- Offshore Credit – a modest day with US$6.7bn across four borrowers hitting the US IG market, taking week to date issuance to US$23bn. Secondary spreads remain supported, outperforming their European brethren, who have been drifting wider for a month or so now, particularly in the corporate and high yield space. Post index roll, CDS moves remain modest, less than a basis point in either direction.
- Local Credit – primary still dominating the local credit market’s attention, although still an absence of local ADI issuance, be it senior or sub. New deals announced yesterday included Toyota Finance Australia (A+/A1) and toll-road owner and operator WESTCONNEX (BBB+/-). From hereafter, drawing on trader’s EOD commentary…”further corporate mandates are now live and the reception that these deals receive in what could be a volatile week for rates will set near term risk appetite.” On the major bank senior curve, we saw some very modest widening, “though not in response to any sell flows. The curve retains a strong bid in the front end with only sporadic two-way cares in the longer dates”. Good two-way flow in regionals also observed on the day. “We think that regionals offer some appeal here with most (perhaps all) having secured funding via debt markets or the TFF. In short, we would not anticipate much in the way of near-term issuance and consider the pick versus majors as attractive”….yep, concur. Tier 2 paper moves a touch tighter across select lines, -1 – 2 bps, noting traders are “in that awkward period pre quarter end whereby our capacity to provide liquidity is constrained by pending capital charges.”
- Bonds & Rates – US treasuries rallied as this week’s debt auctions kicked off, with a softer risk tone overshadowing immediate inflation concerns, US$60bn of two-year notes received solid demand. A decent rally in the UST 10’s, -7 bps to 1.624%, which will exert some downward pressure on local bonds. Yesterday, the ACGB 10’s closed at 1.741%, -3 bps on the day, possibly back into the 1.65% – 1.70% range today.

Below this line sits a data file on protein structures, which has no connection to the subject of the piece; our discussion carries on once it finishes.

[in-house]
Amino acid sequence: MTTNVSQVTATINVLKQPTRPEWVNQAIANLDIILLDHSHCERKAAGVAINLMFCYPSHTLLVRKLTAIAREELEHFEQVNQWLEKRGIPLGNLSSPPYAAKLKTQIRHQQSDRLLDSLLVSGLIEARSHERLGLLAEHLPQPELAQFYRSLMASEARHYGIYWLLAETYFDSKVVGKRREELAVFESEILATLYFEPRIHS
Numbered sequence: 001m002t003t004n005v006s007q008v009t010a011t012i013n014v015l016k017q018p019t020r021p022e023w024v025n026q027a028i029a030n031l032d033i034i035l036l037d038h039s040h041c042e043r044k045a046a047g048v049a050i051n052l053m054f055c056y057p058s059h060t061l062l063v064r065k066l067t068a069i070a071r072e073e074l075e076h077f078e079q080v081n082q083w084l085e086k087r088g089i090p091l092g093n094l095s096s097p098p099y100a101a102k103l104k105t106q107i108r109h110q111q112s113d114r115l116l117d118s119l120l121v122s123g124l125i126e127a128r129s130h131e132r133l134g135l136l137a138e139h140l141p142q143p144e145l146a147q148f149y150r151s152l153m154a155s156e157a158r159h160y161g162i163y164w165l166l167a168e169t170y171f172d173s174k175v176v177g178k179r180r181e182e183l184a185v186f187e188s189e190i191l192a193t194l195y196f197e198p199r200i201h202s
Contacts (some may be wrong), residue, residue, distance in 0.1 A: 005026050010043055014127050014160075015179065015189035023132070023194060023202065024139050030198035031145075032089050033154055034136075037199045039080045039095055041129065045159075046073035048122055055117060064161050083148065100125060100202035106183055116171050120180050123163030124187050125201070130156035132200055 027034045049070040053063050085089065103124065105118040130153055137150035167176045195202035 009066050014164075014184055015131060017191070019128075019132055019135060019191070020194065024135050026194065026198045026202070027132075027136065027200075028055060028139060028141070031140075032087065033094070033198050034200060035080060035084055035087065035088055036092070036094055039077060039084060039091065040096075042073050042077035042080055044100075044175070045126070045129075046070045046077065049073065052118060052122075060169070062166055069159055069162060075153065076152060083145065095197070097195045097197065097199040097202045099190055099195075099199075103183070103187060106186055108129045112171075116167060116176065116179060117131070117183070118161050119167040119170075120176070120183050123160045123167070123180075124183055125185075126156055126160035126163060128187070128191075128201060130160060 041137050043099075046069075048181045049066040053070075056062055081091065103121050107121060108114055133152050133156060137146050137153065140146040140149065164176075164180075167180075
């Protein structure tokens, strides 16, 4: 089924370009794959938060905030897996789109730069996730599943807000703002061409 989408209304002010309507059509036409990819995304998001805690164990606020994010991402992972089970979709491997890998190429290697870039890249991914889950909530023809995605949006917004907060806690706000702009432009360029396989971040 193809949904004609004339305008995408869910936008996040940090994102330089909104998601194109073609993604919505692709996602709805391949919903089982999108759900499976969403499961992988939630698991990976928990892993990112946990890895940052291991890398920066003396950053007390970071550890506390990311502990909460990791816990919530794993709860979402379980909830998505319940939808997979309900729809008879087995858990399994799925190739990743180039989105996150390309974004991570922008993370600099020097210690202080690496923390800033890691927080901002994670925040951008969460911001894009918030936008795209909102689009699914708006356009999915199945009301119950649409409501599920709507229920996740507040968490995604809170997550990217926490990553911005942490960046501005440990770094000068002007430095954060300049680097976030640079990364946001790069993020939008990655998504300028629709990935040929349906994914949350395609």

- Macro –Fed Chair Powell and Treasury Secretary Yellen appeared before the House Financial Services Committee overnight. Again, the dynamic duo continued to downplay the risk of inflation, but recognised that pent-up demand, supply-chain bottlenecks and the comparison with very weak price pressures last year will drive prices higher. However, while “we do expect that inflation will move up over the course of this year…our best view is that the effect on inflation will be neither particularly large nor persistent.” As calculated by the personal consumption expenditures price index, inflation per the Fed’s median forecast is expected to end 2021 at +2.4% vs +1.5% in January. In their growth forecasts released last week, the Fed projected the US economy will grow +6.5% over 2021, which would be the fastest annual pace since 1983 and would follow a -2.4% contraction in 2020 as a result of the COVID pandemic. Consensus (per Bloomberg) has GDP growing +5.7% over 2021 with inflation per the Fed ‘s preferred measure ending the year at +2.1%….so consensus is lower than the Fed, yet markets still pricing in an aggressive inflationary outlook….he said, she said…
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Scott Rundell, Chief Investment Officer
T: +61 3 8681 1907